Collecting and understanding that data has never been more important.
Jason Cassidy, Shinydocs
From tracking sales to managing loss prevention and keeping updated maintenance logs, the amount of data and information required to successfully run retail gas stations is daunting. However, with the industry in flux, the importance of collecting and understanding that data has never been more important.
It is no secret that there are fewer gas stations in Canada as a result of rising land costs, urban density, the availability of public transit and the popularity of electric vehicles. According to a survey conducted by MJ Ervin & Associates, there are fewer than 11,850 gas stations in Canada, down from more than 20,000 in 1989. Those that do remain are larger and offer more enhanced services like car washes, retail stores and coffee shops.
These services are critical to increasing profit margins, but they come with additional data points and paperwork that need to be managed such as inventory logs, point of sale transactions, loss prevention, competitor pricing, utilization rates, loyalty programs, supply chain and distribution logistics and more. This is on top of the information traditionally collected by gas stations, such as fuel measurements, leak detection, washroom maintenance logs and safety inspection reports.
Management of that data is key to make informed business decisions and drive growth and revenue. Unfortunately, the sheer volume of information and the silos in which it is collected and stored is becoming increasingly problematic. For example, product inventory data often lives in a back office system, while sales data is collected in the point-of-sale system where all transactions are recorded. If these systems are incompatible or the data is not easily reconciled, it is difficult to determine the most popular sale items.
Artificial intelligence can help businesses make sense of data. For example, it can automate order processing and inventory management by integrating all data sources. It can provide managers with an optimal purchasing plan by analyzing all available information including demand forecasting and supply chain constraints.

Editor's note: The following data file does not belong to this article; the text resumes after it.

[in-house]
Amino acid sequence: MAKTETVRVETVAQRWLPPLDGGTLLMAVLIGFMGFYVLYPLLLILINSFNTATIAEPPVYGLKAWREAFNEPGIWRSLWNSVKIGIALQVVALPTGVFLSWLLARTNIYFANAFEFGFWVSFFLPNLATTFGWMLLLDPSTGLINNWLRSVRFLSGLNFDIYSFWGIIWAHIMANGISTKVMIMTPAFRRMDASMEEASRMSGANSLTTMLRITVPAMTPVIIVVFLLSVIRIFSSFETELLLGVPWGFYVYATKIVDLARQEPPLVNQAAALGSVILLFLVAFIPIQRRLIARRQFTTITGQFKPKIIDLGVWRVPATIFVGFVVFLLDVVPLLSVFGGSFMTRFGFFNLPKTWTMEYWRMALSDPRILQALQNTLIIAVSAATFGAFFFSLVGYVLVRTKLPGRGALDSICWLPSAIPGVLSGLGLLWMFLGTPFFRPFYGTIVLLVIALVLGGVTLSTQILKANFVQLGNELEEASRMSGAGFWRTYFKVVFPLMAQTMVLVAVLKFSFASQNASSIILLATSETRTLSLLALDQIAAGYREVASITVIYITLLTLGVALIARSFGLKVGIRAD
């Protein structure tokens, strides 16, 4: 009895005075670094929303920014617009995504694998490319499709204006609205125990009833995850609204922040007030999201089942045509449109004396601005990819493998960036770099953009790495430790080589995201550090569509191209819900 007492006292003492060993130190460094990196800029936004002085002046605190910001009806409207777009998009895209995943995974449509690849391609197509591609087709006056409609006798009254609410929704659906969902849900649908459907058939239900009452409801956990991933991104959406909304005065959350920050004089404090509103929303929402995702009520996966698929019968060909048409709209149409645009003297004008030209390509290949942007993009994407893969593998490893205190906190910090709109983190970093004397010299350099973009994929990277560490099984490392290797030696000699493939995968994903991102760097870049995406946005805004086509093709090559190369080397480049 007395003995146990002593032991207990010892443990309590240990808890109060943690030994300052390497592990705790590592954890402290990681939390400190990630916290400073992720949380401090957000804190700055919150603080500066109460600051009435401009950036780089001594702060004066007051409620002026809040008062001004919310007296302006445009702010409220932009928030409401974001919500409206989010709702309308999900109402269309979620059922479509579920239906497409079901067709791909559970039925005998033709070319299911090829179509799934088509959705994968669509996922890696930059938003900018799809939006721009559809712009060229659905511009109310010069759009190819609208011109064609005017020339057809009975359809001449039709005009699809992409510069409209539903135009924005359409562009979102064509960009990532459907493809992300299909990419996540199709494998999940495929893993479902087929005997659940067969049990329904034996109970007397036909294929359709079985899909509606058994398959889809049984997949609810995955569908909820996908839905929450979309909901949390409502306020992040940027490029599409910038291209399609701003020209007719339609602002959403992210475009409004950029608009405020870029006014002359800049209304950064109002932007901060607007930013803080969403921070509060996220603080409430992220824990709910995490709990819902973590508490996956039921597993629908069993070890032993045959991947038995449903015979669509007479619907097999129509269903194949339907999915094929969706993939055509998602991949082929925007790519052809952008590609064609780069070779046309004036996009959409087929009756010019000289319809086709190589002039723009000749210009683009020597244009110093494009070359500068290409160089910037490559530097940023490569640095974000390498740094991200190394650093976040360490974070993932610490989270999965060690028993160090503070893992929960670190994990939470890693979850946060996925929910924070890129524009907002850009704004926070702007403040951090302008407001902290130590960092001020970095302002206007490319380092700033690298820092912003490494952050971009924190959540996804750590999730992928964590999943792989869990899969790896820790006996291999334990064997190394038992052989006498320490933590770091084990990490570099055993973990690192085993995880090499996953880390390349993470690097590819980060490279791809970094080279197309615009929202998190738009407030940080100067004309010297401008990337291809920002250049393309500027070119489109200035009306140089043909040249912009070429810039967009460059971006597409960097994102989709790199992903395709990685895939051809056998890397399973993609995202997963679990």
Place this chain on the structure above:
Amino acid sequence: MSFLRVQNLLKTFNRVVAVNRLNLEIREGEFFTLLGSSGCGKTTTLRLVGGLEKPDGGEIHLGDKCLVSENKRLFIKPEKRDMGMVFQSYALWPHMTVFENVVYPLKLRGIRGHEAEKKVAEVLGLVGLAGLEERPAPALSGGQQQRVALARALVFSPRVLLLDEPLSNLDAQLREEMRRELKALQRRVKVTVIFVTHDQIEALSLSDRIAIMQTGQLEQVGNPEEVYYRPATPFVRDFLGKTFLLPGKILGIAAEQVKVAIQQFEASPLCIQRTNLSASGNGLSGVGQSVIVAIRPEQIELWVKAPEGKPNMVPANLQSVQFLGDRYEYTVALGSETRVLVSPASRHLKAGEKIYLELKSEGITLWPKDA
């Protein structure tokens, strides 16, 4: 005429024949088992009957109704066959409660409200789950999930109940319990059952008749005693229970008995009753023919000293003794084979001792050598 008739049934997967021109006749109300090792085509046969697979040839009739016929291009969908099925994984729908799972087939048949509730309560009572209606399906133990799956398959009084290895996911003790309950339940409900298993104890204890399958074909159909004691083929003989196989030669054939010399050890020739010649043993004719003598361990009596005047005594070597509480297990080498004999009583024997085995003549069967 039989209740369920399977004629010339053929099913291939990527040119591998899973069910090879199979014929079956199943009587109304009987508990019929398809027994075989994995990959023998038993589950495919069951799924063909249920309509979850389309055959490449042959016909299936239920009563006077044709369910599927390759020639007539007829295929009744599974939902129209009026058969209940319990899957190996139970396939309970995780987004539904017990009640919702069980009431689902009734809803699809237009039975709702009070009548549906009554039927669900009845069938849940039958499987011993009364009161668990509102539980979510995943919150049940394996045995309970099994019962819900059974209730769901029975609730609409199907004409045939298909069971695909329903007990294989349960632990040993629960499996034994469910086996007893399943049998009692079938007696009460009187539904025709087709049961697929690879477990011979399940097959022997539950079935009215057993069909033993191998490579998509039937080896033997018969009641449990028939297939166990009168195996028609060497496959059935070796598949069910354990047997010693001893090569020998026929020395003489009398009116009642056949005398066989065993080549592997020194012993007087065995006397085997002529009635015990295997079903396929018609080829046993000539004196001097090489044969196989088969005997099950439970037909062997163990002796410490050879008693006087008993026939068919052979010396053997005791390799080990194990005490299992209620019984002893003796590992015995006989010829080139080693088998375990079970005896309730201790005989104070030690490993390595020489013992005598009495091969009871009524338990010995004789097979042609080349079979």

Outside of the retail environment, AI can also help improve facility maintenance by collecting and interpreting data from cameras, maintenance logs, sensors and other sources. The technology can then detect any unusual patterns in equipment behaviour, identifying what needs to be repaired or replaced. AI can also be trained to look for high-risk behaviour at gas stations, such as people driving recklessly, theft at the pump or improper fuelling. For example, if a person is smoking at a gas station, an AI model can identify that as high-risk behaviour and take action to shut down the machine.
But even AI needs a little assistance when it comes to determining what data is useful. If data is collected and carelessly stored in different programs, across different platforms and tagged using different keywords, the data will more than likely be inconsistent, inaccessible and saved in different file formats that need to be reconciled. There is no AI tool in the world that will be able to interpret that data in a way that drives sound business decisions.
In order for business owners to be in a position to successfully incorporate AI solutions into their operations, we need to create a model personalized to their data. In other words, we need to prepare data in a way that allows it to be analyzed or leveraged to provide business insights.
While this task may seem daunting, it has never been more important. The amount of information business owners or managers have to sift through is beyond human consumption and it is only going to get worse. Adopting AI solutions will be necessary for businesses to thrive in the future. Right now, we are at the critical “preparation” phase, requiring a deep dive into our internal data ecosystems.
It is important to note that another “tech solution” may not be the answer. In fact, downloading another app or data management platform may make things worse. Instead, we have to take a step back and determine what decisions we are trying to make as a business - are we struggling with purchase agreements? Competitor pricing analysis? Detecting infrastructure vulnerabilities? Determining how supply chain disruptions are impacting our day-to-day operations? Once you have determined what decisions we are trying to make, we can begin to structure data in a way that allows us to leverage its contents.
The crisis for retail gas stations is real. Car-centric cultures are becoming an unsustainable reality, contributing to an uncertain future for the retail gas industry. We need to make sure that now, more than ever, we are using all of the tools at our disposal to ensure retail gas stations remain relevant and profitable.
Jason Cassidy is the CEO of Shinydocs, an information management software solution that automates the process of finding, identifying and actioning data.